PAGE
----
Our study also highlights the challenge of clinical response evaluation for patients with LMD. Almost 50% of the patients with negative cytology at baseline in this cohort converted to positive cytology during the IT IL-2 induction, and CSF cytological response did not correlate with OS. The observed frequent conversion of CSF from negative to positive with treatment could be due to the serial sampling performed as it is known that repeated cytological analysis increases the sensitivity of detection of malignant cells in CSF.17 Alternatively, it is possible that the IT IL-2 treatment could cause cells to detach from the leptomeninges, allowing improved detection. Alternative approaches for the diagnosis and monitoring of LMD, such as recently reported detection of mutations in cell-free DNA of CSF, should be evaluated in future studies.33 Notably, the recently published RANO-LM criteria for radiographic responses may also enhance treatment assessments in future clinical trials for patients with LMD.34
In conclusion, this study reports the outcomes of the largest intervention study for MM patients with LMD to date. Our results demonstrate that despite their historically dismal prognosis a subset of MM patients with LMD treated with IT IL-2 can achieve long-term survival. However, the efficacy of IT IL-2 needs to be evaluated in a prospective trial setting to validate this result. Studies are also warranted (and ongoing) to identify biomarkers that predict the clinical benefit of IT IL-2 to optimise future patient selection for this highly toxic therapy. In addition to supporting the potential clinical benefit of this treatment, these results strongly support the rationale and feasibility for additional clinical trials in melanoma patients with LMD, including the evaluation of intrathecal administration of contemporary immunotherapies (NCT03025256, NCT00338377). Despite the tremendous recent advances that have been made in the field of melanoma, our results also highlight the continued need for additional clinical trials including prospective toxicity assessment, standardised management guidelines, new treatment options and translational research efforts to further improve outcomes in these patients.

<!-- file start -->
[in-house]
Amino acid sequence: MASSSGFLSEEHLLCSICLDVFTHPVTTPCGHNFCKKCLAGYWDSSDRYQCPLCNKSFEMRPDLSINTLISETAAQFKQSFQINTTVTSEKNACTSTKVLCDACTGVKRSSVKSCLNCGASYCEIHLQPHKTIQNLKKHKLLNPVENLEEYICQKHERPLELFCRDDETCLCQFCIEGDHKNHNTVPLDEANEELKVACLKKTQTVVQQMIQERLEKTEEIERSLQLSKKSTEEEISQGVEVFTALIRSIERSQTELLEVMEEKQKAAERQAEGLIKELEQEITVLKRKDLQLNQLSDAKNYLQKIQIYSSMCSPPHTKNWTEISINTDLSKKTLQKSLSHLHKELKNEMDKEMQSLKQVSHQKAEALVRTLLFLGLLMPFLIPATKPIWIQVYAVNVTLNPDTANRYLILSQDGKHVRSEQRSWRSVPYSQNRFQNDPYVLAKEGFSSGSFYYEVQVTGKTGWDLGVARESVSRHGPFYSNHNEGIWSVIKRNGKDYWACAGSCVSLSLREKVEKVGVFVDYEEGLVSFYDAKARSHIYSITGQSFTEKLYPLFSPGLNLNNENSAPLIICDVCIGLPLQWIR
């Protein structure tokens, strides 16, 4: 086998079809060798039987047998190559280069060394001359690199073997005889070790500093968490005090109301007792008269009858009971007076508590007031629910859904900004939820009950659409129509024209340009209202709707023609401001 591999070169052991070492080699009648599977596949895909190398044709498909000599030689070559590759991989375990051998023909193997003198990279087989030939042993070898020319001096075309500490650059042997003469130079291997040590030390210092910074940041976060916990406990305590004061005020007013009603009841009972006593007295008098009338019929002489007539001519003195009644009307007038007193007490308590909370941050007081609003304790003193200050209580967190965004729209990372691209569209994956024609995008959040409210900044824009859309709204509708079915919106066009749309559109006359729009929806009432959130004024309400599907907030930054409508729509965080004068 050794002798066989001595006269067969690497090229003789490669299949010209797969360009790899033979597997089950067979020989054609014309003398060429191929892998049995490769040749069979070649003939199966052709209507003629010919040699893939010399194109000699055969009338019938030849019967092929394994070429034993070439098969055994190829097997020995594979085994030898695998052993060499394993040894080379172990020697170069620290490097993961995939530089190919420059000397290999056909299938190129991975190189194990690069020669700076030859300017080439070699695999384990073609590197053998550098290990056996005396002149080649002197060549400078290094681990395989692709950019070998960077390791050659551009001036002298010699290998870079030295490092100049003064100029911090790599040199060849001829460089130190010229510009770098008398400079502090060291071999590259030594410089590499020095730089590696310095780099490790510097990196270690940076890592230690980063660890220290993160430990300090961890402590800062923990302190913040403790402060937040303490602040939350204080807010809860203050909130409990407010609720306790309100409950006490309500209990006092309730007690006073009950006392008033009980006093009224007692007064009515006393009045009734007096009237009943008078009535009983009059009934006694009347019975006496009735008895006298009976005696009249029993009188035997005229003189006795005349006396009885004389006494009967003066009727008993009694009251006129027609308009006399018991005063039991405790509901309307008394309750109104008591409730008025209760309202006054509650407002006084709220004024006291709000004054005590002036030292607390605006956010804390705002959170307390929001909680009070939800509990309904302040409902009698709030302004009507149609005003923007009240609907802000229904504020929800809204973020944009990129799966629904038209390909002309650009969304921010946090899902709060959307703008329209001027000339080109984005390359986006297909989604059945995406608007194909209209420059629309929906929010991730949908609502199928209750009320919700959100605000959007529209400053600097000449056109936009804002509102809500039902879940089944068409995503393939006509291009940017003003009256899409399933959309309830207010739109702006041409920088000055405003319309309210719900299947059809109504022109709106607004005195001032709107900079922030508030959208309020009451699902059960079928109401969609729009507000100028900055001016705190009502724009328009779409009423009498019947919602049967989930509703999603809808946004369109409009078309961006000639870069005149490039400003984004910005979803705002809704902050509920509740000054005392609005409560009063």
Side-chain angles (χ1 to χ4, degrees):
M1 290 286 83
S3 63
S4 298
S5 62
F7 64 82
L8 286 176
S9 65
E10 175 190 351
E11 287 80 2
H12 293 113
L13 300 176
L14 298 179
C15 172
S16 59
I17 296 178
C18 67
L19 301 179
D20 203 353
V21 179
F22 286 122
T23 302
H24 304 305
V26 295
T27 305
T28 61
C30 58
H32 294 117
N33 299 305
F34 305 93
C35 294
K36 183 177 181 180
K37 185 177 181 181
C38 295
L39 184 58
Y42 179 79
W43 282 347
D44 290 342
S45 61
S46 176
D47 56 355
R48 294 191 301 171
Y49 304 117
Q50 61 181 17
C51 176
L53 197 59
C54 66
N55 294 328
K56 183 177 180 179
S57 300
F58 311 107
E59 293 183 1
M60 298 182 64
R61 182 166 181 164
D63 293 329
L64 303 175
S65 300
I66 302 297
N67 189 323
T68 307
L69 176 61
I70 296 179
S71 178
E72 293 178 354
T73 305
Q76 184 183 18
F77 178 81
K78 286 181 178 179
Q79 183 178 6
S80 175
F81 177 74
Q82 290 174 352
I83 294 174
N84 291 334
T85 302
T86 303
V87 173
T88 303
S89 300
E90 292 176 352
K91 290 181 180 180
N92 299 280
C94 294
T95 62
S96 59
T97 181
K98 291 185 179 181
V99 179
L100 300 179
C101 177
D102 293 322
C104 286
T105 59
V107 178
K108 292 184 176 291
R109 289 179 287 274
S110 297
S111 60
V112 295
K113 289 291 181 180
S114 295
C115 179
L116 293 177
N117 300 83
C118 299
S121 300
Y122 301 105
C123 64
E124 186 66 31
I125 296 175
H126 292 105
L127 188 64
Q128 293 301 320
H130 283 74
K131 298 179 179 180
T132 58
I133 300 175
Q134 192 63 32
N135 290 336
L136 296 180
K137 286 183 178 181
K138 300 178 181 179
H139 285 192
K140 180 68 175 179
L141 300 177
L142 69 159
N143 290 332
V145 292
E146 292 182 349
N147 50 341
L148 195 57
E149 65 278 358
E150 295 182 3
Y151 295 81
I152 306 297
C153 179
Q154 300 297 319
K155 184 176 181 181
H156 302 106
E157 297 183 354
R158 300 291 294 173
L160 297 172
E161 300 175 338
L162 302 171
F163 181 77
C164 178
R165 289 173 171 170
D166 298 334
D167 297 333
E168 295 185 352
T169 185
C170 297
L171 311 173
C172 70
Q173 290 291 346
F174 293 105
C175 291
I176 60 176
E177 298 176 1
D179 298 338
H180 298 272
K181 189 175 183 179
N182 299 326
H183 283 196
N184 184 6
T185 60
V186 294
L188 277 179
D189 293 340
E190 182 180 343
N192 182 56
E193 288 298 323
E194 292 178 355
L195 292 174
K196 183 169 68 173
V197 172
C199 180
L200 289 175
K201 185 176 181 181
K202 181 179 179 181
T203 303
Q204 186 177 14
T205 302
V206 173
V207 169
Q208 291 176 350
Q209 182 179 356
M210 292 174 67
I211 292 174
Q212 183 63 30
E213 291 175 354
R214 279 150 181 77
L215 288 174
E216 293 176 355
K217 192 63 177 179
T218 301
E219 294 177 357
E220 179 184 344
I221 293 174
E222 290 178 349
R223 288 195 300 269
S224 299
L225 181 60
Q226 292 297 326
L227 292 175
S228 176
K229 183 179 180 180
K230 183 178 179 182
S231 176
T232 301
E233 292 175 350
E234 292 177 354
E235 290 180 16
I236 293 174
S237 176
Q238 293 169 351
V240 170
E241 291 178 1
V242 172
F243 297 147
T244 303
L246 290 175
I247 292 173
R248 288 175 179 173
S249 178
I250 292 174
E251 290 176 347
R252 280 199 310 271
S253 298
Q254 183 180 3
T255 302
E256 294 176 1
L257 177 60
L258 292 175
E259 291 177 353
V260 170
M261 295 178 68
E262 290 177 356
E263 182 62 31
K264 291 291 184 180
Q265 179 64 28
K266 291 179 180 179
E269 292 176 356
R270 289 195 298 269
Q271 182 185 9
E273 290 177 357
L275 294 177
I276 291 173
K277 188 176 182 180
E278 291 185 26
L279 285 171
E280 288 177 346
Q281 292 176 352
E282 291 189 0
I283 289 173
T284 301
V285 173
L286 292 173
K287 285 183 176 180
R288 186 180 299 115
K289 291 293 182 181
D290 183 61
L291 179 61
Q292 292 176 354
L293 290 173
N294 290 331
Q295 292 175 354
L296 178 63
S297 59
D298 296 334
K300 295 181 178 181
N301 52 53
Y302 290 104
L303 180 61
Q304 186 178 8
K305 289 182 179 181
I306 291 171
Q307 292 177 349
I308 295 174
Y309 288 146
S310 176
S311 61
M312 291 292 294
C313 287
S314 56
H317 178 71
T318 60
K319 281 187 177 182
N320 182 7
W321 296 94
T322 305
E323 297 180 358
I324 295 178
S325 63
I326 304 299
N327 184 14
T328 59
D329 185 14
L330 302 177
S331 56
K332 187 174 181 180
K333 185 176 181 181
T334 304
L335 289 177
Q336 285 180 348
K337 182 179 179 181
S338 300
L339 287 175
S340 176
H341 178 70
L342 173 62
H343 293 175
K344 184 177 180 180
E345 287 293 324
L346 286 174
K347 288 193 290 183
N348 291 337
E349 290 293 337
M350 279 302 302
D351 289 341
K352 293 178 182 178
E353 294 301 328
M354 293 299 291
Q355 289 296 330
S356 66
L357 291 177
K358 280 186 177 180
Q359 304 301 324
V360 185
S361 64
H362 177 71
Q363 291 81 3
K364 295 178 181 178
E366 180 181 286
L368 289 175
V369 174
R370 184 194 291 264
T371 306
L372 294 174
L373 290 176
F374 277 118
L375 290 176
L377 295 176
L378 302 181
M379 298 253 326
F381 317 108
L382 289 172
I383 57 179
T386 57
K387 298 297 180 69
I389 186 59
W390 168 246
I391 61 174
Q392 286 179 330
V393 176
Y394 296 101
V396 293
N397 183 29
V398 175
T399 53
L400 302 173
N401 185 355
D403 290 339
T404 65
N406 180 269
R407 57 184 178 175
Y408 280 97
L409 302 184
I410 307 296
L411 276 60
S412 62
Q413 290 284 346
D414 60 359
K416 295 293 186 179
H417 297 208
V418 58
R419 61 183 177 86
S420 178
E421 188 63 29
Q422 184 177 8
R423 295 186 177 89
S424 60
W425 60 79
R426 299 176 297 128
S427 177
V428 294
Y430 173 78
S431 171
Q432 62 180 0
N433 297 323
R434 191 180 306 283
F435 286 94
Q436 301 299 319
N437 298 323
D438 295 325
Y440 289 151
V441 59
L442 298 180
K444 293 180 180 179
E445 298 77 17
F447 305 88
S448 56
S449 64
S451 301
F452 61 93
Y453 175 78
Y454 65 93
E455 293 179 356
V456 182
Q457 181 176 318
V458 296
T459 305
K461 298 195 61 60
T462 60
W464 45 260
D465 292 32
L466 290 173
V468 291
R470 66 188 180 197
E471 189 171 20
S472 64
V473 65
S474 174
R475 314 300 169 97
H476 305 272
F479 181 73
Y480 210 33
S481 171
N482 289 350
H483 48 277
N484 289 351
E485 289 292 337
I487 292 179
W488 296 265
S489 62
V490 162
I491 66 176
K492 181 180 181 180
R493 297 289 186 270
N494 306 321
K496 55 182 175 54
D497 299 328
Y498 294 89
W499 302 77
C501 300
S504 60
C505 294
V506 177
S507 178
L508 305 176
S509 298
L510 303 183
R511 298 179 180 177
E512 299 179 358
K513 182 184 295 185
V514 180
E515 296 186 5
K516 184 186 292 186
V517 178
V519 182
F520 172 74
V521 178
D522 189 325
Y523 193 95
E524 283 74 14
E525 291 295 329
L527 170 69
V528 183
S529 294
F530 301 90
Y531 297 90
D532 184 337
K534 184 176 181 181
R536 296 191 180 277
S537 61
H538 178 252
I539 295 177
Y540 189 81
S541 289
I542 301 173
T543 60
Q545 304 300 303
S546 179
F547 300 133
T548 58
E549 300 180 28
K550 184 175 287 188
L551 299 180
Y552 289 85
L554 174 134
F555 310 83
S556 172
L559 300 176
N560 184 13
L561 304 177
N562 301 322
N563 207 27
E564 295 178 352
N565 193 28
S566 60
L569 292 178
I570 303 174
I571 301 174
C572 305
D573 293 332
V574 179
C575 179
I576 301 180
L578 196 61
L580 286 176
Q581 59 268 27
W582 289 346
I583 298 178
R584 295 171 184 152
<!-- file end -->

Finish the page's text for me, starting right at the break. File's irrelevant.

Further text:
The authors thank patients and their families for their participation in this study and for allowing associated research studies. They also like to acknowledge the allied health professional providers Jessie Richard, Donna Gerber, Carol Lacey, Rinata Simien, Teresa Rodgers, Masood Iqbal, Ida John and Lindsay Blair, whose dedication and outstanding care have made the safe administration of this treatment feasible for patients with LMD.
Contributors All authors have contributed to this article.
Funding Analyses for this study were supported in part by the Cancer Center Support Grant (NCI Grant P30 CA016672) and MAD acknowledges support from 1R01CA187076-02 and 5R01CA154710-04.
Competing interests None declared.
Patient consent Obtained.
Provenance and peer review Not commissioned; externally peer reviewed.